The discrepancy between China’s rocketing car sales and its limp gasoline sales has developed into a great conspiracy theory.
The China bears argue that an 80pc rise, roughly, in car sales doesn’t square with a mere 10pc to 15pc rise in the amount of gasoline being pumped.
They say the government is secretly buying cars to prop up the economy and leaving them to rust in warehouses, a prime example of China’s overcapacity and imminent demise.
It is a persuasive idea. After all, China’s local governments do place large fleet orders, and there are severe doubts over the ability of Chinese consumers to rapidly increase their buying. Certainly the factories in Guangdong aren’t counting on domestic buyers anytime soon – they are still praying for an improvement in the export market.
However, Stephen Green, an economist at Standard Chartered, believes that there are other reasons for the discrepancy. "We think people really are buying the cars, but that they are buying more fuel-efficient cars and that high gas prices are causing them to drive less," he writes in a note today.
His first point is that the number of cars on the roads has been exaggerated. Passenger car sales were up 42pc between January and September, but you then have to strip out the bangers being written off, and that the real figure is closer to a 24pc rise.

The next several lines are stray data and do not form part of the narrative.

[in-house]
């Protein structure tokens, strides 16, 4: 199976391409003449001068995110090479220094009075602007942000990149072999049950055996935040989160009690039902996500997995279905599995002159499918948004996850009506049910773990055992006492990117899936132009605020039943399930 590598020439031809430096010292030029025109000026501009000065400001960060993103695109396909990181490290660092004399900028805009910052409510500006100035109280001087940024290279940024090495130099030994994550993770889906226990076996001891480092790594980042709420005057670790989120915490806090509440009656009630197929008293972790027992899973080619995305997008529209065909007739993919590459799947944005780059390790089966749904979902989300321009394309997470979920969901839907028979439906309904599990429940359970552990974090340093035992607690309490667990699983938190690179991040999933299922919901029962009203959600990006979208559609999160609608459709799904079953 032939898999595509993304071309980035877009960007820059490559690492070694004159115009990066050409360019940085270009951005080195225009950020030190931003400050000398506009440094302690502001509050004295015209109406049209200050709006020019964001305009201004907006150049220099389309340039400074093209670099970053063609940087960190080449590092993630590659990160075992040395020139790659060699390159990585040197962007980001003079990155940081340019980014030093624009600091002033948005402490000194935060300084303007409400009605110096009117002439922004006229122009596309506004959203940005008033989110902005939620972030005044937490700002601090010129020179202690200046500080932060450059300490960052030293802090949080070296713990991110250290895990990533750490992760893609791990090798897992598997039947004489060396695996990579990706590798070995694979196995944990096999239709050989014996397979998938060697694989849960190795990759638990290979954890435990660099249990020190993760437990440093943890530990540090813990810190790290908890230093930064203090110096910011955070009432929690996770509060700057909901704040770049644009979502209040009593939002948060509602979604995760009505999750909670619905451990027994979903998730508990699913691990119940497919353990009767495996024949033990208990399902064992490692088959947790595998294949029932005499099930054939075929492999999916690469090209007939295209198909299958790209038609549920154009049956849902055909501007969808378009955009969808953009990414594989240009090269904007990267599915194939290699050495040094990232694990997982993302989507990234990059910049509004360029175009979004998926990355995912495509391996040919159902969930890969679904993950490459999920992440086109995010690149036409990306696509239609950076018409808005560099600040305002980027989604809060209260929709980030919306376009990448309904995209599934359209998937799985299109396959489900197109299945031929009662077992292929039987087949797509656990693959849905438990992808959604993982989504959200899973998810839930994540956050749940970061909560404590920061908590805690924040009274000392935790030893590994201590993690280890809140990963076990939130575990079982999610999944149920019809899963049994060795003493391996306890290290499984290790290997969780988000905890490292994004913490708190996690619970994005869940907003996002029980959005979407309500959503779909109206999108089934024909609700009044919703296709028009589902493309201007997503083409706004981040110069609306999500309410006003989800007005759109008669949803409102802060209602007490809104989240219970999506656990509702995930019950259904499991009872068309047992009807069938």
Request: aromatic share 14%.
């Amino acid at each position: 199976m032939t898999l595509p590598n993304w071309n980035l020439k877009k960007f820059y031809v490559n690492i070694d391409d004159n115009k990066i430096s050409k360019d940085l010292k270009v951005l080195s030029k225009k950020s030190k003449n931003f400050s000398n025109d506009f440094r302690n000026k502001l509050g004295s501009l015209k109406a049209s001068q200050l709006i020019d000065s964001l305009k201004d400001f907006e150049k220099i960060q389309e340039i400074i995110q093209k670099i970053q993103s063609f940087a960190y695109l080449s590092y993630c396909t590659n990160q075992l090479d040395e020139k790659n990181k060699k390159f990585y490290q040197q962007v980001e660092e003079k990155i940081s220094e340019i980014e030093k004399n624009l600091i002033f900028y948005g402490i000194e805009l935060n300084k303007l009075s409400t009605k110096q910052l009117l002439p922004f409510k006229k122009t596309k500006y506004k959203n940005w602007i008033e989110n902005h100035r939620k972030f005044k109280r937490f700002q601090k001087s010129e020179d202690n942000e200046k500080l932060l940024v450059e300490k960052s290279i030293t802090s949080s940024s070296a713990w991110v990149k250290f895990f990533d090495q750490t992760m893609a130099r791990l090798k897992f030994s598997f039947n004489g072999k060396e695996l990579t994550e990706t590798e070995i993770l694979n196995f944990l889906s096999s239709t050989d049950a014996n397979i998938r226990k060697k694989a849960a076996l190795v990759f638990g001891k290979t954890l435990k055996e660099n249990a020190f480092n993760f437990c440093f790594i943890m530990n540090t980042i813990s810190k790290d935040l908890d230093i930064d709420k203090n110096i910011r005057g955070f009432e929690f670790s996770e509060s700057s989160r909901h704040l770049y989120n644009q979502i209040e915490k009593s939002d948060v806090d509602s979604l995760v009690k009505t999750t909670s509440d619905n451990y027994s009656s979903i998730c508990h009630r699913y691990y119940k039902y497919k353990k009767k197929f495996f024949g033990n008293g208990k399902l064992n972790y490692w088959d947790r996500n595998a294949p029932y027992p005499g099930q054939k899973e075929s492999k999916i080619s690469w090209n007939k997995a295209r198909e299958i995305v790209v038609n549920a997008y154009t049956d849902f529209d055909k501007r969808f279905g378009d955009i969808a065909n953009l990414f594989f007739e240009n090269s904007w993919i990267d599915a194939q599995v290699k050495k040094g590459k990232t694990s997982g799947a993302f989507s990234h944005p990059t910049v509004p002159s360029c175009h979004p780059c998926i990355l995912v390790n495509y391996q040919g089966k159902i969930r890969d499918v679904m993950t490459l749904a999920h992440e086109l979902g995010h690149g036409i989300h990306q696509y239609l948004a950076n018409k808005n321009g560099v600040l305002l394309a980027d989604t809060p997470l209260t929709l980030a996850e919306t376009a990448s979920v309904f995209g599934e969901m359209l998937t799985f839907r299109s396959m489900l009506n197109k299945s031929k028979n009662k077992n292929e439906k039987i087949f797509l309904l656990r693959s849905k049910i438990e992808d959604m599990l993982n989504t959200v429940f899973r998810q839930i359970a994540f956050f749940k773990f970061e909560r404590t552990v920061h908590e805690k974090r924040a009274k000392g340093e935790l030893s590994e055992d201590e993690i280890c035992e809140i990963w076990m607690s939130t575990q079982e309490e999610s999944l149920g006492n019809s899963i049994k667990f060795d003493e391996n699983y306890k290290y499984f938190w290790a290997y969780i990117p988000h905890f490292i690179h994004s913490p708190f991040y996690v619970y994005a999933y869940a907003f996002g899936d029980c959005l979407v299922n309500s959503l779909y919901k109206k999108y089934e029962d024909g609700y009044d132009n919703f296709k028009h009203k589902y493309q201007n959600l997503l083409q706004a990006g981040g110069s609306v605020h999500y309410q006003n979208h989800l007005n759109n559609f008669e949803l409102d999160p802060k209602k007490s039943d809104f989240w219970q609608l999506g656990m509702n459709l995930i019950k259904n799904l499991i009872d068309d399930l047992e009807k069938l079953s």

Then he notes that the charts of gasoline sales and car sales do not match. Some years, gas sales rocket and car sales are flat, and vice versa.
He points to the fact that cars with engines under 1.6 litres have been the fastest-selling models this year, while the cars being retired are likely to be larger. Then there was a slowdown in freight traffic and a probable increase in the use of small trucks to transport goods.
Finally he runs into drivers parking their cars in the Beijing suburbs and taking the bus home because of the high cost of gas. Although many Chinese have managed to scrape together enough money for a car, the running cost is simply too high. On average, gas prices have risen 14pc each year for nine years now.
His final nail in the conspiracy coffin? "We scoured for local reports about this [warehousing] happening in some distant city. We could not find a single report".